• Warned violators of rule infractions, such as loitering, smoking, or carrying forbidden articles.
  • New York Private Investigator License
  • Certified Protection Professional

Industry Knowledge: Criminal Law, Interviewing, Surveillance, Evidence Collection, Case Management, Report Writing, HIPAA
Technical Skills: Windows, Microsoft Office Suite, Google Analytics, YouTube, Facebook, LinkedIn
Soft Skills: Leadership, Problem-Solving, Strategic Thinking, Communication, Empathy, Teamwork, Attention to Detail

How to Write a Private Investigator Resume

Here’s how to write a private investigator resume of your own.

Write Compelling Bullet Points

Bullet points are the most effective way to showcase your experience and qualifications. But rather than simply listing your duties and responsibilities, you can use bullet points to tell a story about your work. For example, rather than saying you “conducted surveillance on subject,” you could say you “conducted surveillance on subject for domestic violence investigation, resulting in successful prosecution of suspect.”

The second bullet point paints a much clearer picture of what the job entailed and the outcome of your work. And it provides specific details about the case, which makes it easy for the reader to understand how your work contributed to the outcome.

Identify and Include Relevant Keywords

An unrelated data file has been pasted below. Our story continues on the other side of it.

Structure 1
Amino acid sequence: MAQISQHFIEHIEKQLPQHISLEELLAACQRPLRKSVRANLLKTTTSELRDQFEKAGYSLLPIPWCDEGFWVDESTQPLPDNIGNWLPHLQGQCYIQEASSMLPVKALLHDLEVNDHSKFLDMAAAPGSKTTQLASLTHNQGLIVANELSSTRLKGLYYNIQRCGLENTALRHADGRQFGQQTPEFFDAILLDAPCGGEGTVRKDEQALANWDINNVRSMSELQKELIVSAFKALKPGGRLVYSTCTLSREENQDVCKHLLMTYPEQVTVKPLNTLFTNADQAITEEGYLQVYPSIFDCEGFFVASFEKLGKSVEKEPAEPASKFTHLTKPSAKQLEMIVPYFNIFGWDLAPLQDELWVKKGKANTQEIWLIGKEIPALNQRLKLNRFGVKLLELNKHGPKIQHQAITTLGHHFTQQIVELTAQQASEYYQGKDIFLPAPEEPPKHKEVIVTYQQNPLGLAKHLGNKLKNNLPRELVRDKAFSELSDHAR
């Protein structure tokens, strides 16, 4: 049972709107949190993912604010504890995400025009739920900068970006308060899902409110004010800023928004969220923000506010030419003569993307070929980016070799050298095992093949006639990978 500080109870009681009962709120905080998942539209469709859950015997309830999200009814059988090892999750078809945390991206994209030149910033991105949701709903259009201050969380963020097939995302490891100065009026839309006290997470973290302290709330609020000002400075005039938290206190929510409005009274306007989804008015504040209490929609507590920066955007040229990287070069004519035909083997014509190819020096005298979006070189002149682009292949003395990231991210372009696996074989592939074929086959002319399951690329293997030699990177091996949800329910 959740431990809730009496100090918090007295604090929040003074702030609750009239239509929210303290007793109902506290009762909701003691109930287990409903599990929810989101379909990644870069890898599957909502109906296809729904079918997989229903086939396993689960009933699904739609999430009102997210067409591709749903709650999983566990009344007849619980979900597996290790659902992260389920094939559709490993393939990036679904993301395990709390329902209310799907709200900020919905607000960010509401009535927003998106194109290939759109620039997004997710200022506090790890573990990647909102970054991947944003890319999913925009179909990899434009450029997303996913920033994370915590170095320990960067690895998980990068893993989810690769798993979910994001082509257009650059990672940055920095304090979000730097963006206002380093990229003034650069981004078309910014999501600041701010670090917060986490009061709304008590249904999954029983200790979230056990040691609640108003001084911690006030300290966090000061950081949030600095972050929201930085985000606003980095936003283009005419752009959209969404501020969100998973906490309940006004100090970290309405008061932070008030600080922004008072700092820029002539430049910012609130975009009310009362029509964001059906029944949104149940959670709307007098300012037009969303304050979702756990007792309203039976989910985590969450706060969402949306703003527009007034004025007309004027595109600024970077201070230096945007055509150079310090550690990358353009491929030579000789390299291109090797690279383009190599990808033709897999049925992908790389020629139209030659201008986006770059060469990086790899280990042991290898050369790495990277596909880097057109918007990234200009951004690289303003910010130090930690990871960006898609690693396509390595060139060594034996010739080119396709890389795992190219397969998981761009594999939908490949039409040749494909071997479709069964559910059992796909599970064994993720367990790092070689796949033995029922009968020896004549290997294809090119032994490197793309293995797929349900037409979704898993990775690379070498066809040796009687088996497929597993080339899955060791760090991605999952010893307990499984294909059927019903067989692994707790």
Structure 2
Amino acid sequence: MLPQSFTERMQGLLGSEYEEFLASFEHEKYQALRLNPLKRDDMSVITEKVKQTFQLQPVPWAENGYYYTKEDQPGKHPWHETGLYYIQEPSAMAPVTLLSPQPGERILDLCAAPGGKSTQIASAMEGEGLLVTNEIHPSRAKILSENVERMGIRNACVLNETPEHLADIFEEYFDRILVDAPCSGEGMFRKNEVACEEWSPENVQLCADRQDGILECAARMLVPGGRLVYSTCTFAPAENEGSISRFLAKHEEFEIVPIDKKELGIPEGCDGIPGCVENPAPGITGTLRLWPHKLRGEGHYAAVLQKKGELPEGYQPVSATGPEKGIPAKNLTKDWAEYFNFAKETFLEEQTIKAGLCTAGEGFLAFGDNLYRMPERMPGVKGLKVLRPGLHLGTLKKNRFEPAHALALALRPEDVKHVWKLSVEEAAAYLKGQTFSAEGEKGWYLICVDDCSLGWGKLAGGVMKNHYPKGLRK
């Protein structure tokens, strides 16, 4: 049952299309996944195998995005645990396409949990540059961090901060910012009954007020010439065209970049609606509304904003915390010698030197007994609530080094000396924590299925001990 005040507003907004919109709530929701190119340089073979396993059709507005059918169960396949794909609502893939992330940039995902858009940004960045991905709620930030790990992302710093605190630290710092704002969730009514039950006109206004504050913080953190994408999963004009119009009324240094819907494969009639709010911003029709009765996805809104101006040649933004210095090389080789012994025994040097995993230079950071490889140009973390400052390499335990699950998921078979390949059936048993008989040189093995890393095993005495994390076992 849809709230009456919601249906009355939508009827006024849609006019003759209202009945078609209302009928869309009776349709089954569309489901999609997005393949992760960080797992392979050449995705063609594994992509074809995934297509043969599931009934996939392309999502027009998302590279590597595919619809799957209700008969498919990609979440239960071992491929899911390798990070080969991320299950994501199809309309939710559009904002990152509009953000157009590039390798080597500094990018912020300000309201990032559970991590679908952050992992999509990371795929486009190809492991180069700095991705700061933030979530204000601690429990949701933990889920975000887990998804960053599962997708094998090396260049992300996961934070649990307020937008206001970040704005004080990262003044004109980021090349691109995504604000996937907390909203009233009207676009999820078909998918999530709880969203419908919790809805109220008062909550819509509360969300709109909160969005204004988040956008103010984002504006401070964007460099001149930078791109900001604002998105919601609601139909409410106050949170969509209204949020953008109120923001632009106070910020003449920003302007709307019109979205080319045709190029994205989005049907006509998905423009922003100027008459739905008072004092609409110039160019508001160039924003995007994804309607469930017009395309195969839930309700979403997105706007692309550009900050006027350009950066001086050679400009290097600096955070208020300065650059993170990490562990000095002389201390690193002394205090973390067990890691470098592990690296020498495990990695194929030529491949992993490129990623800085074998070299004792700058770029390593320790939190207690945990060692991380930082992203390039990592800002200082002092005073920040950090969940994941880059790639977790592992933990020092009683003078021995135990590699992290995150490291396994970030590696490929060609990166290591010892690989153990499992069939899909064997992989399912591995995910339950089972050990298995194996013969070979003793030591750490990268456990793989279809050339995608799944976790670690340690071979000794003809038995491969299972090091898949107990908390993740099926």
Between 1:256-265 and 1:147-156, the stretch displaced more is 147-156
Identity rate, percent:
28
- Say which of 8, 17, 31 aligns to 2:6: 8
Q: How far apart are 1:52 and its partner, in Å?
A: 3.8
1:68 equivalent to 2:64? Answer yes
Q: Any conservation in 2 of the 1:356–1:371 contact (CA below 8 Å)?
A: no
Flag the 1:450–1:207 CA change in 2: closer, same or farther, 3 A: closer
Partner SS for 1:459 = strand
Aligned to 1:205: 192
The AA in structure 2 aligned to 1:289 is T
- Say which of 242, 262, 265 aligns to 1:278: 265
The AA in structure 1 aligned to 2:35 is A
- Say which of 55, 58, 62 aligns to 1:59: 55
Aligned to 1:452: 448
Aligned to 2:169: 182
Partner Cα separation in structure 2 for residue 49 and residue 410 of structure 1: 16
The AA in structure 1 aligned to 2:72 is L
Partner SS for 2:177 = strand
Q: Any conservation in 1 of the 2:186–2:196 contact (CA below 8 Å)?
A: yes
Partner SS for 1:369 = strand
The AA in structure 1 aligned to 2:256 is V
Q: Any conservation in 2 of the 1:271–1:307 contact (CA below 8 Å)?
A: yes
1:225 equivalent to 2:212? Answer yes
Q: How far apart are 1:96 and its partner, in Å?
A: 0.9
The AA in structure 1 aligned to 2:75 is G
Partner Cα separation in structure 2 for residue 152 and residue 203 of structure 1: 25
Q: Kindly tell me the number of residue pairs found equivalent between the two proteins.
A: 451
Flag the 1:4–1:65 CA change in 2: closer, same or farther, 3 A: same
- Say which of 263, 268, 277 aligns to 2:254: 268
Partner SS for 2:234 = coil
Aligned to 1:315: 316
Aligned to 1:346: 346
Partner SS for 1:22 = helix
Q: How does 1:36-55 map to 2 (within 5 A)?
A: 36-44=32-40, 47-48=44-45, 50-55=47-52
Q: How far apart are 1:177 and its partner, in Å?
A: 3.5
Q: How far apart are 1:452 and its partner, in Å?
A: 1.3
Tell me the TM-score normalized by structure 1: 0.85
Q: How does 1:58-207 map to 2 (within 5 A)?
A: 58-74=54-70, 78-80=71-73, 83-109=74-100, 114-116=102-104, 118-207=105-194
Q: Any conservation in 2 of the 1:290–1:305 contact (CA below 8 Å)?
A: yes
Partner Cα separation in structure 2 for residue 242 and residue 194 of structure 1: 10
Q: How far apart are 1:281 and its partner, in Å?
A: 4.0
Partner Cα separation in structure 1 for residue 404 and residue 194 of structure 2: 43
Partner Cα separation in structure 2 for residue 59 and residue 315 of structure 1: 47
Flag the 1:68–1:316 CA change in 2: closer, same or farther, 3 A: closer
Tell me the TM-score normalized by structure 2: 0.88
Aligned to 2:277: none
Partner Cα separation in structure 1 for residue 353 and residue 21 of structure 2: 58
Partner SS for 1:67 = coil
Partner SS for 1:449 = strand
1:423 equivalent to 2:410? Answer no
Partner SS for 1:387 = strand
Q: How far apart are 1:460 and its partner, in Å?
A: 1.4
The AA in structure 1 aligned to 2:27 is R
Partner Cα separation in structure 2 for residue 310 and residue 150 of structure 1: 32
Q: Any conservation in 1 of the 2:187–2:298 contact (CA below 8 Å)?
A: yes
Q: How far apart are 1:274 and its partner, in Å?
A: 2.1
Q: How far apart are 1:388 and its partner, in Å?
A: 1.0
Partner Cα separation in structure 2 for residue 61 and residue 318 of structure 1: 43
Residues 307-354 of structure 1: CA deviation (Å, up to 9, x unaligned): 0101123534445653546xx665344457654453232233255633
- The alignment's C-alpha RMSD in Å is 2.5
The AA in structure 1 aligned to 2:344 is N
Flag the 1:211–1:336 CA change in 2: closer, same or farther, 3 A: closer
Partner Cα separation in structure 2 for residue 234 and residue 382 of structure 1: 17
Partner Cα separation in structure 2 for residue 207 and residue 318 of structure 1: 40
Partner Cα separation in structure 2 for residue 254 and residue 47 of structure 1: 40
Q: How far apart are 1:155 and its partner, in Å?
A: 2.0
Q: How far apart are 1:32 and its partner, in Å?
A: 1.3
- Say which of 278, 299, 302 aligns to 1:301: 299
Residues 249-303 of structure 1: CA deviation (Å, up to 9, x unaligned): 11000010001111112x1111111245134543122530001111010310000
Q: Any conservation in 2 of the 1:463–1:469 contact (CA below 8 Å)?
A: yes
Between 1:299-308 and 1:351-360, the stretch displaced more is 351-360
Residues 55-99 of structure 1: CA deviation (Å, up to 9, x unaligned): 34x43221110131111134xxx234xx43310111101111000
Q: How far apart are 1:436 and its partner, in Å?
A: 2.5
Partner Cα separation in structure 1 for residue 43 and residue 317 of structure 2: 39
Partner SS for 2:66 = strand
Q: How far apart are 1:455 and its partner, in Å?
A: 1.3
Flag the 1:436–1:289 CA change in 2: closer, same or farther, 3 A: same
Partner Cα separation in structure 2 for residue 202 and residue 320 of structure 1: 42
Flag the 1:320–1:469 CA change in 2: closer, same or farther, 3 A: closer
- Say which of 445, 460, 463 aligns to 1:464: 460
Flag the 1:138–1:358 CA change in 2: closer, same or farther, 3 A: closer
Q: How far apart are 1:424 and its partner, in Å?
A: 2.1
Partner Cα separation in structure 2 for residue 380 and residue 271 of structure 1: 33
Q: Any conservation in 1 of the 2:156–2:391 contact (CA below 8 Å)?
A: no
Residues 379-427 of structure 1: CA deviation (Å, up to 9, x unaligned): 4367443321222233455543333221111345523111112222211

When you apply for a job as a private investigator, your resume is likely to be scanned by an applicant tracking system (ATS) for certain keywords. The ATS will look for keywords related to the job like “surveillance” or “investigations” in order to determine whether your skills are a match for the position. If your resume doesn’t have enough of the right terms, your application might not make it past the initial screening.

To increase your chances of getting an interview, use this list of commonly used private investigator keywords on your resume:

  • Private Investigations
  • Surveillance
  • Investigation
  • Criminal Investigations
  • Law Enforcement
  • Criminal Justice
  • Crime Prevention
  • Interrogation
  • Public Safety
  • Police
  • Evidence Collection
  • Security Operations
  • Physical Security
  • Criminal Law
  • Executive Protection
  • Police Investigations
  • Fraud Investigations
  • Security
  • Homeland Security
  • Background Checks
  • Loss Prevention
  • Corporate Investigations
  • Research
  • Matrimonial Investigations
  • Corporate Security
  • Surveillance Detection
  • Due Diligence
  • Personal Security
  • Threat Assessments
  • Technical Surveillance Counter Measures (TSCM)

Showcase Your Technical Skills

Private investigators need to be proficient in a variety of technologies in order to do their jobs effectively. Programs like Microsoft Office Suite (Excel, Word, PowerPoint), social media platforms like LinkedIn and Twitter, and GPS tracking software are all commonly used by private investigators. Additionally, private investigators need to be familiar with law enforcement databases, such as the National Crime Information Center (NCIC) and the Integrated Automated Fingerprint Identification System (IAFIS), and reporting software, like Crystal Reports.